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History of the rivalry: Irish, Trojans set to battle with major stakes

There’s an argument to be made that Notre Dame-USC football is always appointment television. But when it’s a consensus top-15 matchup featuring a Heisman favorite, two teams with a combined 18-4 record and a Playoff spot on the line, it’s not even an argument. It’s a must-see game. 

That, among more, sets the stage for one of the most enticing duels of this historic rivalry in recent memory. For just the fourth time in series history, both teams have a new head coach. It’s two of the game’s youngest coaches in the well-established Lincoln Riley and the up-and-coming Marcus Freeman. 

On offense, the story is whether Caleb Williams can continue his Heisman parade, maybe adding his fifth game of four touchdown passes and no interceptions this season. The former Oklahoma gunslinger has been dominant all season, and the Irish must find a way of slowing him down. For Notre Dame, it’s about whether the Irish can bring their physicality to the west coast. The Irish have made a habit of dominating in the trenches, and in their most recent top-5 win, they had their way with Clemson, running the ball at will. USC hasn’t really faced a team that loves to establish the run game as much as the Irish do. Notre Dame’s prowess in the trenches could challenge a Trojan defense that has been porous at times, giving up 35+ points in four of the past five games. 

Defensively, two of the nation’s best pass-rushers go toe-to-toe, with Tuli Tuipulotu bringing his FBS-leading 11.5 sacks to the table. Senior Irish vyper Isaiah Foskey has 9.5 sacks, setting the Notre Dame program record for career sacks a week ago. USC for all their defensive deficiencies, lead the country with 18 interceptions. Notre Dame freshman cornerback Benjamin Morrison has five interceptions in his last three games, including a 96-yard pick-six versus Clemson. It’s going to be a battle in Los Angeles on Saturday night, the likes of which this rivalry hasn’t seen in a while. Here’s a look at a few other times the stakes were similar to what they will be when Freeman and Riley duel for the first time as head coaches.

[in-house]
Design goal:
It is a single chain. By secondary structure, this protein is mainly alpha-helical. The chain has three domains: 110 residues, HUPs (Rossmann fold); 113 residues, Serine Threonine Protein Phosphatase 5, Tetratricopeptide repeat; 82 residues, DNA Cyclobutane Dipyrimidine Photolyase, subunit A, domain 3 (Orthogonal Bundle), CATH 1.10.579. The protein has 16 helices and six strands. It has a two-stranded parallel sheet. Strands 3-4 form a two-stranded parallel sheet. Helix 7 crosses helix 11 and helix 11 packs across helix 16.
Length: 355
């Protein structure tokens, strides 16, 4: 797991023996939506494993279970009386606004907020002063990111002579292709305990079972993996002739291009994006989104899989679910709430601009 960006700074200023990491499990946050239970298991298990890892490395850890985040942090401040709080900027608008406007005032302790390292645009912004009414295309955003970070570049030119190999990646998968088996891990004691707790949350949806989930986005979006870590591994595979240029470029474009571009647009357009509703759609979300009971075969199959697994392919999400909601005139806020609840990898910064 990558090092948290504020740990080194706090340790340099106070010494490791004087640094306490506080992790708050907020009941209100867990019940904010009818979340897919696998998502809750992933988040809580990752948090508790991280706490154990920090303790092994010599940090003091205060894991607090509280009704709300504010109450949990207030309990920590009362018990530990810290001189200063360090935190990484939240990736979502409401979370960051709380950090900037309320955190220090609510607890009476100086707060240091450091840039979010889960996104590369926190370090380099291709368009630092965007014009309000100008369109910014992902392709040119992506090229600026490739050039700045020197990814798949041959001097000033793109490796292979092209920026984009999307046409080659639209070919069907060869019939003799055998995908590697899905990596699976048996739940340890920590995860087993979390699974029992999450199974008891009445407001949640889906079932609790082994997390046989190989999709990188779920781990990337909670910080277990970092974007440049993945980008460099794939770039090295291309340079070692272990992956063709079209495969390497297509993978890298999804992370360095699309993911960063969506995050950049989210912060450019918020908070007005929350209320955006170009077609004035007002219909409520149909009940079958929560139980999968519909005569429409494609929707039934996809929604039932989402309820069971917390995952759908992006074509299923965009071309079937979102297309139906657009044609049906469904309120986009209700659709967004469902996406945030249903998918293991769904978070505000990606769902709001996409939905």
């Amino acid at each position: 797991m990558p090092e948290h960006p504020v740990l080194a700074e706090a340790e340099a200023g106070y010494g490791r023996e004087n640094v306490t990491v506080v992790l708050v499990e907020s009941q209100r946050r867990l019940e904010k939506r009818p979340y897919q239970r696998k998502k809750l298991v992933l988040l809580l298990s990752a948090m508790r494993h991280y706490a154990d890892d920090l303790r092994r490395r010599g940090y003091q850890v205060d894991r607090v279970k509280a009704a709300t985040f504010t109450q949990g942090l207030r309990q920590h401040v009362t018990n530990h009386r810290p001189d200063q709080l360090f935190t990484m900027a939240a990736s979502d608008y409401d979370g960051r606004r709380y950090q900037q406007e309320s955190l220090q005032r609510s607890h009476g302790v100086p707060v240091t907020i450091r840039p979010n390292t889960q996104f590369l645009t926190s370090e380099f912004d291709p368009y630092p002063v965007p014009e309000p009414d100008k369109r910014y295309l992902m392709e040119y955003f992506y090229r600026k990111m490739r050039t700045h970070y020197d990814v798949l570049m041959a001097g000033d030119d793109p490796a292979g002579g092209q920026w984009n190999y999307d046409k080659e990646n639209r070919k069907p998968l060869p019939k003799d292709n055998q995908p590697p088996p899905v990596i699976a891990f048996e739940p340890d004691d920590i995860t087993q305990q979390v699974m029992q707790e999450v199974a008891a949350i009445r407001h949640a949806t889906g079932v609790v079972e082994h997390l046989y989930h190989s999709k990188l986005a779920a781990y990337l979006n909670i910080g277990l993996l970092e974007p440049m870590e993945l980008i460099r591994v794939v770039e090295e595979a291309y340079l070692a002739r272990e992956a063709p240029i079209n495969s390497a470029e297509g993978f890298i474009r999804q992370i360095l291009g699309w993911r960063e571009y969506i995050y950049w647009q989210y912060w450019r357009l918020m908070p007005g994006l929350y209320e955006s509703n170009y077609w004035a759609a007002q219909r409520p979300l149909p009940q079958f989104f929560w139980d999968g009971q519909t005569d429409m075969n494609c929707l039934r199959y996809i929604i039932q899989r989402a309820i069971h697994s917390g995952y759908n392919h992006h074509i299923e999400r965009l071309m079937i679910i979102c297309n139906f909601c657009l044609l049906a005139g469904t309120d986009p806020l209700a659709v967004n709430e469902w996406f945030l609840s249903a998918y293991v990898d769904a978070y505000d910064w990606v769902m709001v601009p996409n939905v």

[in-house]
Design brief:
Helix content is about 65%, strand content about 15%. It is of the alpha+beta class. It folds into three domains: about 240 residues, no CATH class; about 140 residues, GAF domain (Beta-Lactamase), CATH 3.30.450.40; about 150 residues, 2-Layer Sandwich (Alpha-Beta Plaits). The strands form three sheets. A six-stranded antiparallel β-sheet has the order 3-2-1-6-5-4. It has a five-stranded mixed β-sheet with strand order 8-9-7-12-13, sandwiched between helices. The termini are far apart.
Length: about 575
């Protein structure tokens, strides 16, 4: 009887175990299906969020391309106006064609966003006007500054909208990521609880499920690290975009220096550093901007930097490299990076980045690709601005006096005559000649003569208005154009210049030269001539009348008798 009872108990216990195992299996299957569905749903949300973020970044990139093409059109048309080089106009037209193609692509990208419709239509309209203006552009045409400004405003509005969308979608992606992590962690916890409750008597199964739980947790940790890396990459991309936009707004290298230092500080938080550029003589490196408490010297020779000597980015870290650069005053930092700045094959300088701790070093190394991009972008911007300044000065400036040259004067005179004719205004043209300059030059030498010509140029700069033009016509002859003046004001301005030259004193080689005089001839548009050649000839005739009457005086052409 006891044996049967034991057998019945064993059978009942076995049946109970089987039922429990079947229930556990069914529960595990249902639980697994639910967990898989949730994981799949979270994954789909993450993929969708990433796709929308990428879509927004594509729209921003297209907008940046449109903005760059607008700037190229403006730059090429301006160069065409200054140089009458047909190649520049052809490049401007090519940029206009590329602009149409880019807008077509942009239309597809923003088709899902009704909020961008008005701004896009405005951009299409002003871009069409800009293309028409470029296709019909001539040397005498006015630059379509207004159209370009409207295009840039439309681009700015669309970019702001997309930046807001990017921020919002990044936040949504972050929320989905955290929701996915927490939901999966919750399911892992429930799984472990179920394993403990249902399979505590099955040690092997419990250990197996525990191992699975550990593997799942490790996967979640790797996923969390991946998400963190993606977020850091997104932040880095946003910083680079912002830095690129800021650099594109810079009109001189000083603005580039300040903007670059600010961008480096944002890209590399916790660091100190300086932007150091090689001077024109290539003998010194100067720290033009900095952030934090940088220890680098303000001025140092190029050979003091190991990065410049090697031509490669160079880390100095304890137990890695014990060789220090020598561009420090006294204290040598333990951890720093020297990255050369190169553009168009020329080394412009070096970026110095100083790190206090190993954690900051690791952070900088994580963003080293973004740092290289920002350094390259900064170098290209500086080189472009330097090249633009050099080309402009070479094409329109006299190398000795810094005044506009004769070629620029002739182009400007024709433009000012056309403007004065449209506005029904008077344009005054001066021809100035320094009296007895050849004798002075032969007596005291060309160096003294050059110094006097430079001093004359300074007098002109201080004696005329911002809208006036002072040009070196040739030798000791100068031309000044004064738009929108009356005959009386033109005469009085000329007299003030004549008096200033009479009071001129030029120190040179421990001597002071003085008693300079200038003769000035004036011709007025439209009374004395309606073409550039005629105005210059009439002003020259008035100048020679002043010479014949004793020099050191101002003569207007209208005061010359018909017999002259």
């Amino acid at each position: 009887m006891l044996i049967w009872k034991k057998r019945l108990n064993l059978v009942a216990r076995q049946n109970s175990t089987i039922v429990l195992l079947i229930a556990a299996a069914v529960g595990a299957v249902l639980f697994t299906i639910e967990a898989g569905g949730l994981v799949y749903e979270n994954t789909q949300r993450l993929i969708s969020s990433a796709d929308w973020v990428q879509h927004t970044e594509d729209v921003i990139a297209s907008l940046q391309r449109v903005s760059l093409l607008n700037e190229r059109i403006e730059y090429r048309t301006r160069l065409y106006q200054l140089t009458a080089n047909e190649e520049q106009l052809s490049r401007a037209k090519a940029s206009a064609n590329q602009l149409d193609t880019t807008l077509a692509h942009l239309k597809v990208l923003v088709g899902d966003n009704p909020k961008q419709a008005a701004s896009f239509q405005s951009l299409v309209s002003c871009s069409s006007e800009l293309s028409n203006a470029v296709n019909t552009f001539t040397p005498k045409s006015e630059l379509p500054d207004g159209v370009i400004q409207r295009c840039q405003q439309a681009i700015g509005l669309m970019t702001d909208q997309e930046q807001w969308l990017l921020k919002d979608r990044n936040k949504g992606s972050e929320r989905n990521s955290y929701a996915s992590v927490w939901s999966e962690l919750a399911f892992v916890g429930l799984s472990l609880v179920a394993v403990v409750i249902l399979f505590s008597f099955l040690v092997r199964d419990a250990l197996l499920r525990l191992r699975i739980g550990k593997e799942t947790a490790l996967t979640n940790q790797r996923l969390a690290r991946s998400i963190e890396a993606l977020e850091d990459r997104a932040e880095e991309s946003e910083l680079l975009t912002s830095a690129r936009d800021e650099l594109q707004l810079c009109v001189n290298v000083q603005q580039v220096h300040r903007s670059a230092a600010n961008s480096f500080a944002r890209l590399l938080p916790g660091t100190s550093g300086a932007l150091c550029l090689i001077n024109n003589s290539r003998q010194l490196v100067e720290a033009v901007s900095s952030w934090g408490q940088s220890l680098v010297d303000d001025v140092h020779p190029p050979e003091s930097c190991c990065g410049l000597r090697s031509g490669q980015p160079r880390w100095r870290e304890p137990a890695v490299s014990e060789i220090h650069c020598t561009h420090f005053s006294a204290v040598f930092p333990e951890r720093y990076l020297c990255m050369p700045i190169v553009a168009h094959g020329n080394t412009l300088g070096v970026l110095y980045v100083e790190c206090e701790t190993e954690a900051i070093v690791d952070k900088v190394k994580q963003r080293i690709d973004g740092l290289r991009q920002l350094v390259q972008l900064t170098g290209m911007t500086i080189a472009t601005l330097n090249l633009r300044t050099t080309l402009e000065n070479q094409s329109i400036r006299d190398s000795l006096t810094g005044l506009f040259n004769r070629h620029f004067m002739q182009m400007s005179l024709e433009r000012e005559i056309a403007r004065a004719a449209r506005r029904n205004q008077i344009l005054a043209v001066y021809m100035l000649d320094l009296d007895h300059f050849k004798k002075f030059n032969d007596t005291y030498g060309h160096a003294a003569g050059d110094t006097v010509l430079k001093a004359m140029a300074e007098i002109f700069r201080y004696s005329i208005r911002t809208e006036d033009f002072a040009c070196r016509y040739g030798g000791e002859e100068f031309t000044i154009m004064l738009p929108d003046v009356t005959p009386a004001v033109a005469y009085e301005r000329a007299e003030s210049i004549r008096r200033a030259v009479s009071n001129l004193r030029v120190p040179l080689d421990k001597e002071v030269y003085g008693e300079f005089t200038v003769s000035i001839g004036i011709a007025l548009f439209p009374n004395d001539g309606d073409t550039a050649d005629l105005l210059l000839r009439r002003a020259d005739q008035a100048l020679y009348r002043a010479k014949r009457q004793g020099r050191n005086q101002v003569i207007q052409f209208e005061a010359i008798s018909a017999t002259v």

History of a top-15 ND-USC battle

In the past 50 years, the Irish and Trojans have met 14 times with both squads ranked inside the top 15. When playing those games, Notre Dame is 5-9 against the Trojans, but those wins have usually come in a big way. In the five Irish wins, Notre Dame emerged victorious by an average of 19 points per game. When the game took place in Southern California, however, Notre Dame went 1-5. The last time Notre Dame won at USC in a top-15 matchup was back in 1988.

These top-15 matchups occurred far more frequently in the 1970s and 80s. The two squads have met as top-15 opponents just four times this century. The most recent came in 2017 when No. 13 Notre Dame welcomed No. 11 USC to South Bend. The Irish blasted the Trojans, 49-14. Before that, the two teams had not faced off in a top-15 game since 2006. Between 2002-2006, the Trojans beat the Irish three times in such contests.